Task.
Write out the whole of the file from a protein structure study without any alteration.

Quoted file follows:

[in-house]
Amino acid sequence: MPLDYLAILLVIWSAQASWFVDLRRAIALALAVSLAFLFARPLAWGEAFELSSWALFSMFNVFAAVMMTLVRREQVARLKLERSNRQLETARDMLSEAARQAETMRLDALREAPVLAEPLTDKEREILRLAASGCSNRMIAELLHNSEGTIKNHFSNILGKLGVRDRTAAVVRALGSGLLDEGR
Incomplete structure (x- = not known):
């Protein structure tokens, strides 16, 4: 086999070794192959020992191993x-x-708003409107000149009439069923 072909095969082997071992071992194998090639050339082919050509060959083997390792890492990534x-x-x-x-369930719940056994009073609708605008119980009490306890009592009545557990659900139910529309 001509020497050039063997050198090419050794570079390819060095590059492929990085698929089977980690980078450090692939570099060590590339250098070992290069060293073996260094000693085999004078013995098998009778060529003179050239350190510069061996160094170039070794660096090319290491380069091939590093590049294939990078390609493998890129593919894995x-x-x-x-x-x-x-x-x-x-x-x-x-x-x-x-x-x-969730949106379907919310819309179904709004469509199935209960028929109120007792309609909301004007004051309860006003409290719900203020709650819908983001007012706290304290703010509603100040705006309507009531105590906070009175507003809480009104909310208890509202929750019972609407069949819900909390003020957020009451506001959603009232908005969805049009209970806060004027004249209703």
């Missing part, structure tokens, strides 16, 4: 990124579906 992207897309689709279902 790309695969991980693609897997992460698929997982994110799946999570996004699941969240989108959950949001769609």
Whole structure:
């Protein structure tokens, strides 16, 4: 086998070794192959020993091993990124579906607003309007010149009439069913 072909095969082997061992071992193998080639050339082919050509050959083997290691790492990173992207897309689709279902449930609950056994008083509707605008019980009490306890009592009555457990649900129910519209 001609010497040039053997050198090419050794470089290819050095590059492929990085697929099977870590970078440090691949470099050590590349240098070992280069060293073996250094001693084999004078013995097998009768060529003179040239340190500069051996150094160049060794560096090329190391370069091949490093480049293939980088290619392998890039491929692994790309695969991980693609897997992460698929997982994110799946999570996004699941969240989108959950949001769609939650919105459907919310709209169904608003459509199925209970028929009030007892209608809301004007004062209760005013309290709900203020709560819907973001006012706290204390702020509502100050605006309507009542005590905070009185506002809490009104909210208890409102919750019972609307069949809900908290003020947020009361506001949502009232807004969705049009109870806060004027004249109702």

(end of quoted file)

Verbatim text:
[in-house]
Amino acid sequence: MPLDYLAILLVIWSAQASWFVDLRRAIALALAVSLAFLFARPLAWGEAFELSSWALFSMFNVFAAVMMTLVRREQVARLKLERSNRQLETARDMLSEAARQAETMRLDALREAPVLAEPLTDKEREILRLAASGCSNRMIAELLHNSEGTIKNHFSNILGKLGVRDRTAAVVRALGSGLLDEGR
Incomplete structure (x- = not known):
């Protein structure tokens, strides 16, 4: 086999070794192959020992191993x-x-708003409107000149009439069923 072909095969082997071992071992194998090639050339082919050509060959083997390792890492990534x-x-x-x-369930719940056994009073609708605008119980009490306890009592009545557990659900139910529309 001509020497050039063997050198090419050794570079390819060095590059492929990085698929089977980690980078450090692939570099060590590339250098070992290069060293073996260094000693085999004078013995098998009778060529003179050239350190510069061996160094170039070794660096090319290491380069091939590093590049294939990078390609493998890129593919894995x-x-x-x-x-x-x-x-x-x-x-x-x-x-x-x-x-x-969730949106379907919310819309179904709004469509199935209960028929109120007792309609909301004007004051309860006003409290719900203020709650819908983001007012706290304290703010509603100040705006309507009531105590906070009175507003809480009104909310208890509202929750019972609407069949819900909390003020957020009451506001959603009232908005969805049009209970806060004027004249209703």
């Missing part, structure tokens, strides 16, 4: 990124579906 992207897309689709279902 790309695969991980693609897997992460698929997982994110799946999570996004699941969240989108959950949001769609």
Whole structure:
């Protein structure tokens, strides 16, 4: 086998070794192959020993091993990124579906607003309007010149009439069913 072909095969082997061992071992193998080639050339082919050509050959083997290691790492990173992207897309689709279902449930609950056994008083509707605008019980009490306890009592009555457990649900129910519209 001609010497040039053997050198090419050794470089290819050095590059492929990085697929099977870590970078440090691949470099050590590349240098070992280069060293073996250094001693084999004078013995097998009768060529003179040239340190500069051996150094160049060794560096090329190391370069091949490093480049293939980088290619392998890039491929692994790309695969991980693609897997992460698929997982994110799946999570996004699941969240989108959950949001769609939650919105459907919310709209169904608003459509199925209970028929009030007892209608809301004007004062209760005013309290709900203020709560819907973001006012706290204390702020509502100050605006309507009542005590905070009185506002809490009104909210208890409102919750019972609307069949809900908290003020947020009361506001949502009232807004969705049009109870806060004027004249109702």